These concepts are organised into seven higher level domains: children’s health and wellbeing, children’s education, impacts on teachers and other school staff, the school organisation, considerations for parents and families, public health considerations, and broader economic impacts. In addition, we identified many factors that might change the impact that school closures have on a given outcome. These effect moderators were organised under five headings:

  • pandemic related factors,
  • closure related factors,
  • child related factors,
  • social / political factors, and
  • environmental factors.

The final component in the logic model is the presence of the ethical principles that apply throughout school closure processes and which are embedded in decision-making.

We present this model as an aid to thinking about what might be important, rather than suggesting that school closures will necessarily lead to any or all of the proposed impacts. We have not made any attempt to quantify the strength of the relationships between concepts, for reasons including the extreme complexity of the relationships; the idiosyncratic nature of pandemics and the closure implementations; the moderating factors; and the individual responses to and experiences of pandemic policy interventions.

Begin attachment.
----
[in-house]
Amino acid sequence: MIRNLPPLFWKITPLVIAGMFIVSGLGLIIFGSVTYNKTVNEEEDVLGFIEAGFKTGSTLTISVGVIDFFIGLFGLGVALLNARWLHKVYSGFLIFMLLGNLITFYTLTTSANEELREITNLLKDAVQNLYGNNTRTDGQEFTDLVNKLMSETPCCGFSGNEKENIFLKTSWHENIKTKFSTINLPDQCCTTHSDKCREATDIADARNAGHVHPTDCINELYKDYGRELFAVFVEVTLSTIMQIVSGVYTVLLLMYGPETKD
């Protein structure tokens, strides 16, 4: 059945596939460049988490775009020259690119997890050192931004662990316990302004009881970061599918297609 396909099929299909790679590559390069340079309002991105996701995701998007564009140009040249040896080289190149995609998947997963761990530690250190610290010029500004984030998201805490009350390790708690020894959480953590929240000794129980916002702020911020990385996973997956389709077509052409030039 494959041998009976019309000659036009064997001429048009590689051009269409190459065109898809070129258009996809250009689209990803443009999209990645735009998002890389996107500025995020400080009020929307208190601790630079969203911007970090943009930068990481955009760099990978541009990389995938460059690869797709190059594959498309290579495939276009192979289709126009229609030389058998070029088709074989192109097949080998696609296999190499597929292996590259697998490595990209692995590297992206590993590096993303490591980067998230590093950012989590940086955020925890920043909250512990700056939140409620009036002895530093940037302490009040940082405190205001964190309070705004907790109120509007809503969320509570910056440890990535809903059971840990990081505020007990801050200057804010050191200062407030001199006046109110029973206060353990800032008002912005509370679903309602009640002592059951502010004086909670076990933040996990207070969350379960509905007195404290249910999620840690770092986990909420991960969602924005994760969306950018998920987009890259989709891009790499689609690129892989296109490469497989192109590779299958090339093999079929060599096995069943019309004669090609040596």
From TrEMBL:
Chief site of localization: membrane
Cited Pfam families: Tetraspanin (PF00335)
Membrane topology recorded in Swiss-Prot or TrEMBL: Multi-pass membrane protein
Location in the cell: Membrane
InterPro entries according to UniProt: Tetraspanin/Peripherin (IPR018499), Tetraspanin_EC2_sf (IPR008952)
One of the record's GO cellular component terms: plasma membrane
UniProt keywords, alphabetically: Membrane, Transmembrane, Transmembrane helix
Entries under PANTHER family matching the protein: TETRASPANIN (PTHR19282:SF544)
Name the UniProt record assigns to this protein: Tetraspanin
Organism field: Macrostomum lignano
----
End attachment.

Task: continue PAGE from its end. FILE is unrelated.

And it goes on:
To start quantifying the relationships, we would first need to conduct a systematic review or further research to explore the strength of the relationships for each factor or group of factors. This could be done, but it is a big job. Our logic model could help to identify priority areas for in-depth analysis in the context of the current pandemic, making this task more efficient.

Second, we would need the full contextual information of a given pandemic scenario. The relative importance of each relationship is likely to be heavily influenced by the specifics of a given pandemic and school closure scenario: critical factors in one pandemic might be fairly negligible in another. Our logic model would make a good starting point for determining what will be more or less relevant in a given context.

We searched the research literature and then supplemented the model with additional hypothesised factors noted in the media, policy documents, or anecdotal evidence (e.g., the experience of the researchers). We acknowledge that, just as the original collation from research evidence was incomplete and needed supplementation from the research team, the model that we now present is likely to also have several gaps. We need your help to fill these gaps.

We have submitted this paper to F1000Research because of the time-sensitive nature of this work. If you would like to help us develop this model further, you can by commenting on this blog or on the article page – or you can contact us directly. If we are to develop the model to feed into discussions about schools reopening and – possibly – decisions relating to future waves of this pandemic, then we need your help to fill these gaps now.

6 Responses to “When a pandemic causes school closures it has wide-ranging impacts beyond public health: our logic model can help in decision-making”